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The contents of this report reflect the views of the author(s), who is responsible for the facts and the accuracy of the data presented herein. The contents do not necessarily reflect the official views or policies of the Virginia Department of Transportation, the Commonwealth Transportation Board, or the Federal Highway Administration. This report does not constitute a standard, specification, or regulation. Any inclusion of manufacturer names, trade names, or trademarks is for identification purposes only and is not to be considered an endorsement.

Title:

A Model to Predict the Impact of Specification Changes on the Chloride-Induced Service Life of Virginia Bridge Decks
Authors:
Kirkpatrick, Trevor J.
Weyers, Richard E.
Anderson-Cook, Christine M.
Michael C. Brown
Michael M. Sprinkel
Michael M. Sprinkel
Year: 2002
VTRC No.: 03-CR4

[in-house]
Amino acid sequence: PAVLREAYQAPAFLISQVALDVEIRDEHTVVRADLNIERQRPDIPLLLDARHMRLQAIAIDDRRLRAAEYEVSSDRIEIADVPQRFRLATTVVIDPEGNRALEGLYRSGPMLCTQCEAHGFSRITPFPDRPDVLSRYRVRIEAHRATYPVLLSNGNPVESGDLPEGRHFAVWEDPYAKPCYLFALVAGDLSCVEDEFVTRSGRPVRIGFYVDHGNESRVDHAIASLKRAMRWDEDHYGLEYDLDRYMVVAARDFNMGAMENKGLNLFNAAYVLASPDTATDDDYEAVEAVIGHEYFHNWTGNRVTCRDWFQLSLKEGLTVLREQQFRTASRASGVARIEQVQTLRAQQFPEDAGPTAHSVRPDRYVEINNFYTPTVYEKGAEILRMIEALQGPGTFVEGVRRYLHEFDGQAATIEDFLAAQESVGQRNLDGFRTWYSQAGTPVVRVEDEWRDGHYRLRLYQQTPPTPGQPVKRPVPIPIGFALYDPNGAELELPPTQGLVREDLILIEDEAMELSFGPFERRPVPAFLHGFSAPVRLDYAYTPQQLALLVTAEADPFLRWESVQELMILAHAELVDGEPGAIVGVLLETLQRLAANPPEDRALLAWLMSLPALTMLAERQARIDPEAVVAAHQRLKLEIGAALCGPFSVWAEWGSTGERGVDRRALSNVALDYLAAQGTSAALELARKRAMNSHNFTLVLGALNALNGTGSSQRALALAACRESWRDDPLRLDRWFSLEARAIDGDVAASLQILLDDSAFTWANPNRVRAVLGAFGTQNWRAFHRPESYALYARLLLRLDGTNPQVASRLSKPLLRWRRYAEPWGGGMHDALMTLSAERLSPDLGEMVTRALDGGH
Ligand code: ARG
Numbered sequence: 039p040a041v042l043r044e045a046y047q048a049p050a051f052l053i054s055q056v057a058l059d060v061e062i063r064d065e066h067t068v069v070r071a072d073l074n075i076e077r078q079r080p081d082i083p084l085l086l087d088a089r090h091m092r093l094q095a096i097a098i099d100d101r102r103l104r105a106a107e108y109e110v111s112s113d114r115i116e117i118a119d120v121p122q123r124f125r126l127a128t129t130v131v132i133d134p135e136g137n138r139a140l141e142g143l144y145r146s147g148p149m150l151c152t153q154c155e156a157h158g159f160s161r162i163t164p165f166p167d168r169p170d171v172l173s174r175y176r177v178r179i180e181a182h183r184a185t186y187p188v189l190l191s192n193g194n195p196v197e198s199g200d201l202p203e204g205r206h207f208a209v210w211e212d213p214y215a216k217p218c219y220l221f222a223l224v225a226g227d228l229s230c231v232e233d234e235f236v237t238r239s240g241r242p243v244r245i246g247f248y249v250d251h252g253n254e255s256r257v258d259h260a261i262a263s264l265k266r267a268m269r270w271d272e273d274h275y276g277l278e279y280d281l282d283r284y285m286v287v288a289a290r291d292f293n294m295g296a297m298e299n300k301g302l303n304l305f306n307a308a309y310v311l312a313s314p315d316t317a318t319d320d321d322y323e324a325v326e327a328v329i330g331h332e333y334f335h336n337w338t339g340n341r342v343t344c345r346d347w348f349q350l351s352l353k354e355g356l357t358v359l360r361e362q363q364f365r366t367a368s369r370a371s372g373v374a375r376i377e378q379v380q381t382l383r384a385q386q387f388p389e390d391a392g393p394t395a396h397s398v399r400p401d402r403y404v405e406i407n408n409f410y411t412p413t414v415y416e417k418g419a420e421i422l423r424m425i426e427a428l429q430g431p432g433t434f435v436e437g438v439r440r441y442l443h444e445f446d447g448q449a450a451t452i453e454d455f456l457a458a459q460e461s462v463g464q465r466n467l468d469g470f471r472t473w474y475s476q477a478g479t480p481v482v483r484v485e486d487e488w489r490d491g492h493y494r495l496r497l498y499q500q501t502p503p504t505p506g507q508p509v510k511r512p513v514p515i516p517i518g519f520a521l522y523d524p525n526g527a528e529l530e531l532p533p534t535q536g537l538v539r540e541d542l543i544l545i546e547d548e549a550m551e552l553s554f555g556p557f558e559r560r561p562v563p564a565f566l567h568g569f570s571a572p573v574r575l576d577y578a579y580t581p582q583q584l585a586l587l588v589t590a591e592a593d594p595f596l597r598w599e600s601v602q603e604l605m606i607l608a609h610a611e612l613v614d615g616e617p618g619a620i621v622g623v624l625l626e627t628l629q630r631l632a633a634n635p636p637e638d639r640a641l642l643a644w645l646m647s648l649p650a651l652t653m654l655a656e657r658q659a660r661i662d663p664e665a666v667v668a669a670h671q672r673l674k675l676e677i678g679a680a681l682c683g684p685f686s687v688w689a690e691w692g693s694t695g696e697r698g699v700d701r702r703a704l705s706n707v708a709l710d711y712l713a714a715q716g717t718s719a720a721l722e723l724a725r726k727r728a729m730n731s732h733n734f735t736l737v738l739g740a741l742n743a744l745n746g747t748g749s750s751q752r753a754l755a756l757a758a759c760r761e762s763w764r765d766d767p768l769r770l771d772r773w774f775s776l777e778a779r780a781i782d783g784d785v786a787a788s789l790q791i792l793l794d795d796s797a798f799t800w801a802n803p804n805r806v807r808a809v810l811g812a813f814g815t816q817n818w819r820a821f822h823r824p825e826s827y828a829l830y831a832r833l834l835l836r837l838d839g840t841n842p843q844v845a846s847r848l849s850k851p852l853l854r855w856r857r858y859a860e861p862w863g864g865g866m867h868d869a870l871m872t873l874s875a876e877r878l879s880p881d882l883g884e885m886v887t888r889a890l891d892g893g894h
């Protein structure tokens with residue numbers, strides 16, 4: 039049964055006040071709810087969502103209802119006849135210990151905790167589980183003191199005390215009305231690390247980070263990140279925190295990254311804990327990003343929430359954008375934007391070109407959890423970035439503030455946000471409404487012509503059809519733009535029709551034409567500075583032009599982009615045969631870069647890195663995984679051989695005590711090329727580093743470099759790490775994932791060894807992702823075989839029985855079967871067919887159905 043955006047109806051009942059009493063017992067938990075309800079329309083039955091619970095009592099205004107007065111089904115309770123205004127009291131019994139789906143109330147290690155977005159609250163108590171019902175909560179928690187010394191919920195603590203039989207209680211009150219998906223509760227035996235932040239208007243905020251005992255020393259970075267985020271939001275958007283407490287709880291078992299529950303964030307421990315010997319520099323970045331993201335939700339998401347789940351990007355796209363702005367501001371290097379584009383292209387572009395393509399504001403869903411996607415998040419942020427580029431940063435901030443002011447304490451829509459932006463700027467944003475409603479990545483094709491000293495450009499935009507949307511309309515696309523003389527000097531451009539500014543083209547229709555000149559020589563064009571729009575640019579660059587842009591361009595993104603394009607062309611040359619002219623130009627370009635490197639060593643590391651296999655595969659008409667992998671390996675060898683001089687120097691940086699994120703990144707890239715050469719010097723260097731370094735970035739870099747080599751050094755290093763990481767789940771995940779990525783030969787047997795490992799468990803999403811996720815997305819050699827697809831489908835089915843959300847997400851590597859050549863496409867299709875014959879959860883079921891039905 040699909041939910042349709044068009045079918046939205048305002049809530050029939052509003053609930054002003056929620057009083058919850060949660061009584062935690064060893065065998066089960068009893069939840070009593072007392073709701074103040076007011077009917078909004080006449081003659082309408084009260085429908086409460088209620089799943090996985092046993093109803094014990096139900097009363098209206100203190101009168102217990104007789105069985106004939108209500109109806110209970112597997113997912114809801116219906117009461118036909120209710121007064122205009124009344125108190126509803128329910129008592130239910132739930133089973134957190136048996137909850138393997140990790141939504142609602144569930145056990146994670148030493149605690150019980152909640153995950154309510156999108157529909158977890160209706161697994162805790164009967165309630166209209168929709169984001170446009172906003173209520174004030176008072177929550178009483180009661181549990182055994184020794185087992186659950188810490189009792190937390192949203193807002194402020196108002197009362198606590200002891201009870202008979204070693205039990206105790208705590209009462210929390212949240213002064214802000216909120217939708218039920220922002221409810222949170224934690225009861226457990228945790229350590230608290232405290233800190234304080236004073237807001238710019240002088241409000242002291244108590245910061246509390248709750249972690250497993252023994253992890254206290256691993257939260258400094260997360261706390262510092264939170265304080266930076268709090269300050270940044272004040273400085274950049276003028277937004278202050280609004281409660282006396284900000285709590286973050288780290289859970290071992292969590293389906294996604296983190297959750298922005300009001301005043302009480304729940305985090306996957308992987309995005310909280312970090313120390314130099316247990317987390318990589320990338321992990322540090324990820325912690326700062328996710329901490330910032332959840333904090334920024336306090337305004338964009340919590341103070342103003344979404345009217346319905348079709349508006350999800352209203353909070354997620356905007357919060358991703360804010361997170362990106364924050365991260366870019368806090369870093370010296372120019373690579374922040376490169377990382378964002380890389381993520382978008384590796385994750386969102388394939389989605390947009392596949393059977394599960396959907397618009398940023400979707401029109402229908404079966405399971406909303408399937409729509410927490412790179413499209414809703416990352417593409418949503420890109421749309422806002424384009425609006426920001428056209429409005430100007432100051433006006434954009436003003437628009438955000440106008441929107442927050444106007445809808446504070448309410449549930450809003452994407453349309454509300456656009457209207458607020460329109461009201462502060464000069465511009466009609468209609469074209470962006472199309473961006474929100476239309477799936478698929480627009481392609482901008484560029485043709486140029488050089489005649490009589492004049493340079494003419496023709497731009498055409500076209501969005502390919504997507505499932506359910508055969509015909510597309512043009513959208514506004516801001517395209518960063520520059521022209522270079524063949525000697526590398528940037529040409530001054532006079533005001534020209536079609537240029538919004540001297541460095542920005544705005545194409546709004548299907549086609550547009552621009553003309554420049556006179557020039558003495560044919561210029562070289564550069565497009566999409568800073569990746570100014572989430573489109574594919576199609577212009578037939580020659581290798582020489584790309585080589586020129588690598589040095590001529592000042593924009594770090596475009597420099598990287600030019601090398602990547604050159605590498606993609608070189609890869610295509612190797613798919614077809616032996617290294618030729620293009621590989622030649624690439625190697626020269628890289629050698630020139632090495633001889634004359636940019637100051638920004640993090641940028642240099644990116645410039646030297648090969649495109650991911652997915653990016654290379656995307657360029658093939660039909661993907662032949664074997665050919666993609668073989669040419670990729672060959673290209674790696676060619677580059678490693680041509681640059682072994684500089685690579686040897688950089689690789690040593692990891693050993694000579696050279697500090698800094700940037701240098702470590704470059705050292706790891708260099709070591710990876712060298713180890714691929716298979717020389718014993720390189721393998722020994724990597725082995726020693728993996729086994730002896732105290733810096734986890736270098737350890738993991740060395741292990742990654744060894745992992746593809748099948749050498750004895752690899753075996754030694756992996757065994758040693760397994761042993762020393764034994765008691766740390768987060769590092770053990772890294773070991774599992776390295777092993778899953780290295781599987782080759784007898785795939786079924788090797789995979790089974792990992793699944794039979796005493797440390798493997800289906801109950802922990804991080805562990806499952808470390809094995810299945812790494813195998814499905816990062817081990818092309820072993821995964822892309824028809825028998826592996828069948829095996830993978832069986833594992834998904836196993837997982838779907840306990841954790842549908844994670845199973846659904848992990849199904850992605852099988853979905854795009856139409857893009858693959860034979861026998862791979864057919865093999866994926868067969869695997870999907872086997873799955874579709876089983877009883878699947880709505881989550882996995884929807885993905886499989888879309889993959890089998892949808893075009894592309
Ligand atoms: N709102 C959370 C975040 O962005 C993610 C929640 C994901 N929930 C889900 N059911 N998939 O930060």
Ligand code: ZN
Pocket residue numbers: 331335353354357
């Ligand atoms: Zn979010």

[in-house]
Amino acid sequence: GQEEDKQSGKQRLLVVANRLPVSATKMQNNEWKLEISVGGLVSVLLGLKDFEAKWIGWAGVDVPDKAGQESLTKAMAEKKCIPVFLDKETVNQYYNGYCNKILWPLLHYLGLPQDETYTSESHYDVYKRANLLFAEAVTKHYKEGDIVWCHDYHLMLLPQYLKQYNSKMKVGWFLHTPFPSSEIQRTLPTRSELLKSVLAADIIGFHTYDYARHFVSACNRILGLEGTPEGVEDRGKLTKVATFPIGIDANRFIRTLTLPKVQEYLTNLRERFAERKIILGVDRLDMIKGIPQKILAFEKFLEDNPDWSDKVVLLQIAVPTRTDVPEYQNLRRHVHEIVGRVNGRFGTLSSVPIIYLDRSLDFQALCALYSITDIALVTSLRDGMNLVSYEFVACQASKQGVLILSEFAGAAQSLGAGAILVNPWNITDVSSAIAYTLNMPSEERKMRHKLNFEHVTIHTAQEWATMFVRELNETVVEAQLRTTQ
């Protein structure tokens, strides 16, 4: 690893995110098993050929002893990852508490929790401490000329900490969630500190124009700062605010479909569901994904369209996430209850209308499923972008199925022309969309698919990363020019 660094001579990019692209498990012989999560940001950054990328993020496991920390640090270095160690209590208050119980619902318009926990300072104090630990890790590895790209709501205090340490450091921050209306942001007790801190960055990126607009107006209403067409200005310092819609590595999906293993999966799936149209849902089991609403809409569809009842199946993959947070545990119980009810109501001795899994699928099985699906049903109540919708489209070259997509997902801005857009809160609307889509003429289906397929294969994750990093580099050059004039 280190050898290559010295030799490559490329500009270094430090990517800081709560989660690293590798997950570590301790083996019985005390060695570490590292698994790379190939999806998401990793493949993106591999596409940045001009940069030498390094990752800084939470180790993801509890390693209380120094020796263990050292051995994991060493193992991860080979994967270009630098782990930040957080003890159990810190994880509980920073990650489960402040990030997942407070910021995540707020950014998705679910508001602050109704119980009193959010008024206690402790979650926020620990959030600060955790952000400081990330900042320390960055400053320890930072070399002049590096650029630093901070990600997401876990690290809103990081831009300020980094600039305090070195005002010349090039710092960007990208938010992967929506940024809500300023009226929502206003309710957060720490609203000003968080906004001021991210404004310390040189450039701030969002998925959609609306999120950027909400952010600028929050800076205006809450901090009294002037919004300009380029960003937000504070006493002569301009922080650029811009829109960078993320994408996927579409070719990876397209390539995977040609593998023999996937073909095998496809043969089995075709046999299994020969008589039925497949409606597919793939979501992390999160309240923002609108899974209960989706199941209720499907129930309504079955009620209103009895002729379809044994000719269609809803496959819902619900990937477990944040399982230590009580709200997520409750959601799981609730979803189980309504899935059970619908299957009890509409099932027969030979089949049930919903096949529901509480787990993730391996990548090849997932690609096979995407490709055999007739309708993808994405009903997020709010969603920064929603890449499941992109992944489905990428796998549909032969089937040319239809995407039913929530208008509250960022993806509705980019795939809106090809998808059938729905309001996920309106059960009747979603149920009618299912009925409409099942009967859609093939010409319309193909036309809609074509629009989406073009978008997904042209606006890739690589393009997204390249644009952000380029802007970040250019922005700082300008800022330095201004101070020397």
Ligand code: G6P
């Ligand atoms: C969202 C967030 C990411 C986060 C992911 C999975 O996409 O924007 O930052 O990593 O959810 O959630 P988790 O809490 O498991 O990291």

Abstract: A model to determine the time to first repair and subsequent rehabilitation of concrete bridge decks exposed to chloride deicer salts that recognizes and incorporates the statistical nature of factors affecting the corrosion process is developed. The model expands on an existing deterministic model by using statistical computing techniques, including resampling techniques such as the parametric and simple bootstrap. Emphasis was placed on the diffusion portion of the diffusion-cracking model, but advances can be readily included for the time for corrosion deterioration after corrosion initiation. Data collected from ten bridge decks built in Virginia between 1981 and 1994 were used to model the surface chloride concentration, apparent diffusion coefficient, and clear cover depth. Several ranges of the chloride corrosion initiation concentration, as determined from the available literature, were investigated. The time to first repair and subsequent rehabilitation predicted by the stochastic model is shorter than the time to first repair and subsequent rehabilitation predicted by the deterministic model. The stochastic model is believed to more accurately reflect the true nature of bridge deck deterioration because it takes into account the fact that data for each of the parameters affecting chloride diffusion and corrosion initiation are not necessarily normally distributed. The model was validated by comparison of projected service lives of bridge decks built from 1981 to 1994 derived from the model to historical service life data for 129 bridge decks built in Virginia between 1968 and 1972. The time to rehabilitation predicted for the set of bridge decks built between 1981 and 1994 by the stochastic model was approximately 13 years longer than the normalized time to rehabilitation projected for the bridge decks built between 1968 and 1972 using historical data. The time to first repair and rehabilitation predicted by the probabilistic method more closely matches that of historical data than the time to first repair and rehabilitation predicted by the average value solution. The additional service life expected for the set of bridges built between 1981 and 1994 over those constructed from 1968 to 1972 can be attributed to the decrease in w/c ratio from 0.47 to 0.45 and slight increase in as-built cover depth from approximately 50 mm (2 in.) to 63.5 to 76 mm (2.5 to 3.0 in.).